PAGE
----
Centric contends that the Marana tax violated the Due Process Clause of the United States Constitution. Centric first argues that there did not exist a "minimum connection" between Marana and the transaction it sought to tax. Centric secondly argues that Marana's imposition of the tax on 100% of Centric's contract receipts resulted in a tax out of all appropriate proportion to the amount of receipts generated in Marana versus the receipts generated in its home state of Colorado.
Both of Centric's arguments derive from Quill Corp. v. North Dakota, 504 U.S. 298, 112 S.Ct. 1904, 119 L.Ed.2d 91 (1992), where the U.S. Supreme Court summarized due process limits on state taxation of interstate businesses:
The Due Process Clause "requires some definite link, some minimum connection, between a state and the person, property or transaction it seeks to tax," Miller Brothers Co. v. Maryland, 347 U.S. 340, 344-345 [ 74 S.Ct. 535, 539, 98 L.Ed. 744] (1954), and that the "income attributed to the State for tax purposes must be rationally related to `values connected with the taxing State.'" Moorman Mfg. Co. v. Bair, 437 U.S. 267, 273 [ 98 S.Ct. 2340, 2344, 57 L.Ed.2d 197] (1978).
504 U.S. at 306, 112 S.Ct. at 1909-10. Accord Trinova Corp. v. Michigan Dep't of Treasury, 498 U.S. 358, 111 S.Ct. 818, 112 L.Ed.2d 884 (1991). With respect to the "connection" prong of this test, Quill makes it clear that a minimum connection between the taxing authority and the putative taxpayer exists whenever the taxpayer purposefully directs its activities toward the taxing jurisdiction, whether by establishing a physical presence there or otherwise, such that the taxpayer has fair warning that its activities may subject it to the taxing jurisdiction's authority. 504 U.S. at 306-08, 112 S.Ct. at 1909-11. Here Centric purposefully bid on, obtained, and performed a substantial contract over a period of more than three years within the town limits of Marana. Under these circumstances Centric surely had fair warning that it would be subject to the taxing authority of the local governmental unit in which the project was located.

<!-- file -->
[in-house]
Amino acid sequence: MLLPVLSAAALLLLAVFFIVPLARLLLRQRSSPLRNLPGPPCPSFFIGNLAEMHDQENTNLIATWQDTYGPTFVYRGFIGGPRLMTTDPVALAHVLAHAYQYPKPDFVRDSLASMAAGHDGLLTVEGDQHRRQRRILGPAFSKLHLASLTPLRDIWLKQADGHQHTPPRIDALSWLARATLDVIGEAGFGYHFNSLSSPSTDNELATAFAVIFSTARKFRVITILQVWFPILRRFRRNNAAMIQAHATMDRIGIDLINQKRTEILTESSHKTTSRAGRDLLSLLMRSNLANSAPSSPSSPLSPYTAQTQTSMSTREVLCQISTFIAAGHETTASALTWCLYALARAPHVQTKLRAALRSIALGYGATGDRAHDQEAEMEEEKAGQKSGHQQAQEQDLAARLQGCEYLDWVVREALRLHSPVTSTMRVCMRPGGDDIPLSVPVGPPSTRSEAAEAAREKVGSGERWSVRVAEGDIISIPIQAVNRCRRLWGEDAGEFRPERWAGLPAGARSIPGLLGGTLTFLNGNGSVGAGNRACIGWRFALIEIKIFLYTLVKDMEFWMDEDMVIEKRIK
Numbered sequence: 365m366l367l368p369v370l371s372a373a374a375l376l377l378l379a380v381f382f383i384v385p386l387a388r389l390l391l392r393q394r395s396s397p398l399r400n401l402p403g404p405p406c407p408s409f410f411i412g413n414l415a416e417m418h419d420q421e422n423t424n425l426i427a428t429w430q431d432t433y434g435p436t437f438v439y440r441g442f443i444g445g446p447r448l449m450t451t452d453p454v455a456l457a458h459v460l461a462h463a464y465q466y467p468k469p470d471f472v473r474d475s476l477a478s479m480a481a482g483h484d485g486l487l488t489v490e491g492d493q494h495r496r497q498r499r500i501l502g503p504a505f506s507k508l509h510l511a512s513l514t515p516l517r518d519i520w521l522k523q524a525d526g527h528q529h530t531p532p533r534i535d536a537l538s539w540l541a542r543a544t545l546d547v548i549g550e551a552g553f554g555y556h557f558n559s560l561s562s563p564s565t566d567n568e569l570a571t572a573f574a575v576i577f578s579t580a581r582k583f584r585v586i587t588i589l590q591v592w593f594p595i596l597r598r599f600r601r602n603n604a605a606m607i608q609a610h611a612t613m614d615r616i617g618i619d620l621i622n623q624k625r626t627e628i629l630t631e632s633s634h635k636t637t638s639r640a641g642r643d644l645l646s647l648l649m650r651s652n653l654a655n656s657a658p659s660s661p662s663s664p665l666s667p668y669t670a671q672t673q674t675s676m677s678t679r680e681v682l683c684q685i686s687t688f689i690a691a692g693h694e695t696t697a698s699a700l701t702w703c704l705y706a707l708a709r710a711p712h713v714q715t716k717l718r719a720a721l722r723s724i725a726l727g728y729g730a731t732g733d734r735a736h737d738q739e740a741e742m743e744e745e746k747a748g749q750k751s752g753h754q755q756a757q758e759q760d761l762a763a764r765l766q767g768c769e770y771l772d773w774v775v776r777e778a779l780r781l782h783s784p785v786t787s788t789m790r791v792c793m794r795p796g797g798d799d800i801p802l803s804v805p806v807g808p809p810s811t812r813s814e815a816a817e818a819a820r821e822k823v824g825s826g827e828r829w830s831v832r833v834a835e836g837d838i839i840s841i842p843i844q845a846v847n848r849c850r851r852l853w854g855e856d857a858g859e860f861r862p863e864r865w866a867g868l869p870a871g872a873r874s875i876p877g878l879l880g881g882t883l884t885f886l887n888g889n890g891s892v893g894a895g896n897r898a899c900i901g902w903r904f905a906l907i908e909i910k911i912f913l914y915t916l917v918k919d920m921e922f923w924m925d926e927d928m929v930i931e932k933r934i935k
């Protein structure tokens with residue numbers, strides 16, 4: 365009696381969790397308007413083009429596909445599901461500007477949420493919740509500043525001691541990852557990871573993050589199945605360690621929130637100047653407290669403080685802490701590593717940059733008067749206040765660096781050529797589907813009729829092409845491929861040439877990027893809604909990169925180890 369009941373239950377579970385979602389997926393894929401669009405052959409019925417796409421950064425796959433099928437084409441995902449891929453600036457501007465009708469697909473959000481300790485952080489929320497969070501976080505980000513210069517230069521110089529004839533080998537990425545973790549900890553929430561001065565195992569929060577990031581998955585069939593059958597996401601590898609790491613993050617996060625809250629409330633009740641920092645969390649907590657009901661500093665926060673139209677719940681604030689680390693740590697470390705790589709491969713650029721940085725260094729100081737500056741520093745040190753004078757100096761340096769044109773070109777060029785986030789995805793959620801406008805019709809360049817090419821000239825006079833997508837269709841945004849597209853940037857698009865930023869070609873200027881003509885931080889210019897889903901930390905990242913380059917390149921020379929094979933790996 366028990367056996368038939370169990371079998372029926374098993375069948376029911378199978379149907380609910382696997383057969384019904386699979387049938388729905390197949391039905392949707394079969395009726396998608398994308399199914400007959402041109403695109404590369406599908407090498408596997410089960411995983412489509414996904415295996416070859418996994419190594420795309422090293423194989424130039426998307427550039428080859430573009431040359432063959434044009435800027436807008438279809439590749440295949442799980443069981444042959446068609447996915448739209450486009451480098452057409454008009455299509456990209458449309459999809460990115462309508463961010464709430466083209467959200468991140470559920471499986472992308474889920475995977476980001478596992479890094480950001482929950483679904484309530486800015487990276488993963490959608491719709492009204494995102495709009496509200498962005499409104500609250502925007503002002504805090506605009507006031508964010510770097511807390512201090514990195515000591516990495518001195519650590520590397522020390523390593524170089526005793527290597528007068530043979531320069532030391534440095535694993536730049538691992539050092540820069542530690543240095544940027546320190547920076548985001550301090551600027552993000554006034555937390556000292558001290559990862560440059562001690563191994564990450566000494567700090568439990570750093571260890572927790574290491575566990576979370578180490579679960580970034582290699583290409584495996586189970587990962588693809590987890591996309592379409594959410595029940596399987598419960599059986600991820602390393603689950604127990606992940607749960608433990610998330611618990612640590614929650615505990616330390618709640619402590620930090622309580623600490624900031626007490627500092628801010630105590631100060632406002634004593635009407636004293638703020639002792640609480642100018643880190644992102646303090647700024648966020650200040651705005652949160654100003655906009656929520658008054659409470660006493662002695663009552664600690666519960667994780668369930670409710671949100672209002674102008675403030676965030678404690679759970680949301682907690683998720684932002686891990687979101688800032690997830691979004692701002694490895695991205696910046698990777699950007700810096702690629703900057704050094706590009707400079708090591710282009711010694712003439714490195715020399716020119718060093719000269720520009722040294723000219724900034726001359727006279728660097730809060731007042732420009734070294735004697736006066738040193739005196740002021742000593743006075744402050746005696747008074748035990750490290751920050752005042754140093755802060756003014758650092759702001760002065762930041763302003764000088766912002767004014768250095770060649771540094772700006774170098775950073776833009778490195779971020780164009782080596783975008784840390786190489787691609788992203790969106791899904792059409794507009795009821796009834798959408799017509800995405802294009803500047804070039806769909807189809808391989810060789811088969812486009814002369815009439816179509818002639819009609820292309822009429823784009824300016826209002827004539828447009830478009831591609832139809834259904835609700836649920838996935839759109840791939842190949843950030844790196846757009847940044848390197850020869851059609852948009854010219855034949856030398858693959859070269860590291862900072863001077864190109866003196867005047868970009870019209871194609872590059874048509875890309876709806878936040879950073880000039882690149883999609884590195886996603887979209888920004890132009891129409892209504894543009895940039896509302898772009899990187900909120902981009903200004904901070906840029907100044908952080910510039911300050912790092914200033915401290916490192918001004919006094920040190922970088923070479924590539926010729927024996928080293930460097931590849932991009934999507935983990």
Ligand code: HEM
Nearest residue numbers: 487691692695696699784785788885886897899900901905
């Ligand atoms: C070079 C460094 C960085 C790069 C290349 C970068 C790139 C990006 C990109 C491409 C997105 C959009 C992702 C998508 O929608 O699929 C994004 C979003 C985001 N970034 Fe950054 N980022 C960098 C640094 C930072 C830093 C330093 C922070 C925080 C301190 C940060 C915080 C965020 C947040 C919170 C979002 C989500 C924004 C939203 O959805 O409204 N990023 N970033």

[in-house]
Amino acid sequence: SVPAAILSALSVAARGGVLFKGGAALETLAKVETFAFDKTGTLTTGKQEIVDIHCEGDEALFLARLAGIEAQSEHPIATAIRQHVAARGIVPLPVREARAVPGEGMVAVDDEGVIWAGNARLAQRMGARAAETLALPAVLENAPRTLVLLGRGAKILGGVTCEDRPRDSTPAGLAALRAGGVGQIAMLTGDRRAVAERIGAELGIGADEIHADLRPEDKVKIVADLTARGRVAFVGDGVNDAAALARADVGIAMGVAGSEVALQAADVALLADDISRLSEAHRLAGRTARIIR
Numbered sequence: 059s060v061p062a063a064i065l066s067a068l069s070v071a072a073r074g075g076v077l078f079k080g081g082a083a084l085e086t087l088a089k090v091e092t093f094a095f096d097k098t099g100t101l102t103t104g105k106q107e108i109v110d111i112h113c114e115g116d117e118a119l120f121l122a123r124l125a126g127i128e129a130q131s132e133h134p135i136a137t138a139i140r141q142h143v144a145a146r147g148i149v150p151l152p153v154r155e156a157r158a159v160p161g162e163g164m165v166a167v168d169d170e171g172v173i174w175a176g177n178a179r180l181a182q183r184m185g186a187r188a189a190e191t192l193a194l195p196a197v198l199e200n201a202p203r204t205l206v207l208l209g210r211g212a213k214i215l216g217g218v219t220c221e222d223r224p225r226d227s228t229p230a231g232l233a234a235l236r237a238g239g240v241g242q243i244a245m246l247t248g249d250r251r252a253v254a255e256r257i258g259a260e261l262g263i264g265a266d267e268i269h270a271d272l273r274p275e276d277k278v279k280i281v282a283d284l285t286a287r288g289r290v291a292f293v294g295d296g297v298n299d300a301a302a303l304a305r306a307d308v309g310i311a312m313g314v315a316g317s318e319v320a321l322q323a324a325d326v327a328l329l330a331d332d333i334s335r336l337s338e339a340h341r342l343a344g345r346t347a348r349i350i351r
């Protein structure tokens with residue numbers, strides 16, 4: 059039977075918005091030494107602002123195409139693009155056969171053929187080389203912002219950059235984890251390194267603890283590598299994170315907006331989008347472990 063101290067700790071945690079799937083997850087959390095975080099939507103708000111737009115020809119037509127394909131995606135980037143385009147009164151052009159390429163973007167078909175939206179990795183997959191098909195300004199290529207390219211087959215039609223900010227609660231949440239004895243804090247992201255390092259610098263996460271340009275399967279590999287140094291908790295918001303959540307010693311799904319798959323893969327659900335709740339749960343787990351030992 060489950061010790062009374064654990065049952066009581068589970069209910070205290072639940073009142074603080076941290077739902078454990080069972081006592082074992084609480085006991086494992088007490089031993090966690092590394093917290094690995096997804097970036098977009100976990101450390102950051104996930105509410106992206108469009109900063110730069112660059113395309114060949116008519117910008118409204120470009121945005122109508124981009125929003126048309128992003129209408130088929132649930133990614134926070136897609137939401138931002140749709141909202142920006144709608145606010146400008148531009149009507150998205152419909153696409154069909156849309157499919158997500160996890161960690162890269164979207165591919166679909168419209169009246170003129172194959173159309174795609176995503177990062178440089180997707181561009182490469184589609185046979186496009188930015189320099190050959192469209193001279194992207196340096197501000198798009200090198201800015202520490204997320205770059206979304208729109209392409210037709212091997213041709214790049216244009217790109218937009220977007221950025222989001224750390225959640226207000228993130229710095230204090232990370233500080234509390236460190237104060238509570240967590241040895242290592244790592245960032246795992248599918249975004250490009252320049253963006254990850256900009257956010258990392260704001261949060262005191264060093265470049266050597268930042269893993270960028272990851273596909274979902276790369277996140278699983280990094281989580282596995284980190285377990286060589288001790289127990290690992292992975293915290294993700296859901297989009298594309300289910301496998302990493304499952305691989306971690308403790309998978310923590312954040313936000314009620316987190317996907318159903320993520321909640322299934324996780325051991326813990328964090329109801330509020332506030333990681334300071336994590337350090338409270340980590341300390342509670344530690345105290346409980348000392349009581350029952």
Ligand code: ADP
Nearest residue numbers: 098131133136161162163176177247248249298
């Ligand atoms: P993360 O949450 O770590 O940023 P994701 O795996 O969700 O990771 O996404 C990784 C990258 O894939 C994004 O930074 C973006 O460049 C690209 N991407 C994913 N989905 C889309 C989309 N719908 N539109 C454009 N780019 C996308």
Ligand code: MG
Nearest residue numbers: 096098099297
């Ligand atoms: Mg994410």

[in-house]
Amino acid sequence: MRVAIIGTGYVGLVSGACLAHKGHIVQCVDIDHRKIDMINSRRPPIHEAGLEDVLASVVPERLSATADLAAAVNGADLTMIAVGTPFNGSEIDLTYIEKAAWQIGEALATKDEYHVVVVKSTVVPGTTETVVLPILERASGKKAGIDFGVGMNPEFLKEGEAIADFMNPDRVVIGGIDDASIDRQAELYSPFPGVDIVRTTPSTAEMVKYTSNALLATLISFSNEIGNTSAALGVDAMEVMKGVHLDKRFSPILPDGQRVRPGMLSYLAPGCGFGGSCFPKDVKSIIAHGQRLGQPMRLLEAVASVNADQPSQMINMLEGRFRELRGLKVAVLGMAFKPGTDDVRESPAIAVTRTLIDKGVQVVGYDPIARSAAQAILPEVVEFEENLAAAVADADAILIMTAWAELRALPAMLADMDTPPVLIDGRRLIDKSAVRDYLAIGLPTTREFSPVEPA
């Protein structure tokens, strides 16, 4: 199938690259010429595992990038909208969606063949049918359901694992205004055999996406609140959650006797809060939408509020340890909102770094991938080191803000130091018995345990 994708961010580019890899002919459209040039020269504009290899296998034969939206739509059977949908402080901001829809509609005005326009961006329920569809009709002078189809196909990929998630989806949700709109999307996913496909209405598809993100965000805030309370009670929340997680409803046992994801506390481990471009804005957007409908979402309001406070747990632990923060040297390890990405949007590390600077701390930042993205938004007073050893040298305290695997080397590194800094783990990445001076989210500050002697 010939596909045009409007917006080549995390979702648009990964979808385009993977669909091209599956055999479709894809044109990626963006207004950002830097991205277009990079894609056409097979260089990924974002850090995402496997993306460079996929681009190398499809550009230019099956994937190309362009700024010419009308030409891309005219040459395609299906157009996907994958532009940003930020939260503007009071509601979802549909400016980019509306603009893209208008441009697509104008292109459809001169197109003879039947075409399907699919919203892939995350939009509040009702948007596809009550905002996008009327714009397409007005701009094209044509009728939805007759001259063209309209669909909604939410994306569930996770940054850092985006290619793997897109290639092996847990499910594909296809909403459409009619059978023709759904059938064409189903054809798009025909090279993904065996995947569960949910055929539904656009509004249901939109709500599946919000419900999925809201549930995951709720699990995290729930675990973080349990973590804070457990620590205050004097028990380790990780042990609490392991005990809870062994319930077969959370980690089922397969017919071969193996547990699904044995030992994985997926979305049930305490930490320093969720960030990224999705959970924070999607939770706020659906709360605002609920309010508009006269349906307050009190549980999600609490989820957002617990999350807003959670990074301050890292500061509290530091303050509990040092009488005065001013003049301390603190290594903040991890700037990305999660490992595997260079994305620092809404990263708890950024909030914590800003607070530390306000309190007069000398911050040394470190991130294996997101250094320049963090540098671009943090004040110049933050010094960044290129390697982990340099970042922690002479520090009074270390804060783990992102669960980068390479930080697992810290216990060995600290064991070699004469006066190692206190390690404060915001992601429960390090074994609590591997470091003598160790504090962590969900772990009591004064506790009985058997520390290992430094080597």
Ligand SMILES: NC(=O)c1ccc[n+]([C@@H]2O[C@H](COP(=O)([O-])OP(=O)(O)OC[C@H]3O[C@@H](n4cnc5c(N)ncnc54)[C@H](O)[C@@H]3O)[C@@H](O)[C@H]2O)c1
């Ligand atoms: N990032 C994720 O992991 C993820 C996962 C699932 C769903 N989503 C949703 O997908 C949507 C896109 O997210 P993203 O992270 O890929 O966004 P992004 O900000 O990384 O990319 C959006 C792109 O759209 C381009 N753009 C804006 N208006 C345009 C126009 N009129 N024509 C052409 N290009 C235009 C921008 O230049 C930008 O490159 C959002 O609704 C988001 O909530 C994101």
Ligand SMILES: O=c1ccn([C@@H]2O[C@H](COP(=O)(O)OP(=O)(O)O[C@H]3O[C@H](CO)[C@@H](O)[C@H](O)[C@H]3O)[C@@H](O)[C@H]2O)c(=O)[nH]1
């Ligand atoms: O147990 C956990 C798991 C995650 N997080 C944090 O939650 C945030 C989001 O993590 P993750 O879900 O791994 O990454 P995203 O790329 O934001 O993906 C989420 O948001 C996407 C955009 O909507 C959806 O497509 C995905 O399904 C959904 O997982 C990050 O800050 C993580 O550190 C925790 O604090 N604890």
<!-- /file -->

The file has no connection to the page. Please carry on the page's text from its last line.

Centric nevertheless argues that it had to be aware in advance that its construction project was within the town limits before Marana could tax it. Centric cites no authority for this proposition and we do not find the argument persuasive. It seems little to ask of a taxpayer that it inquire into readily available sources of information at town, county or state offices in order to determine in what taxing jurisdiction it is proposing to do business. There is no allegation by Centric, nor any evidence, that Marana officials did or said anything that could remotely be construed as concealing from Centric that the Twin Peaks project was within town limits. We therefore conclude that imposition of a requirement that a putative taxpayer know in advance that it is within a particular taxing jurisdiction is not necessary to satisfy the "fair warning" concept that underlies the due process clause.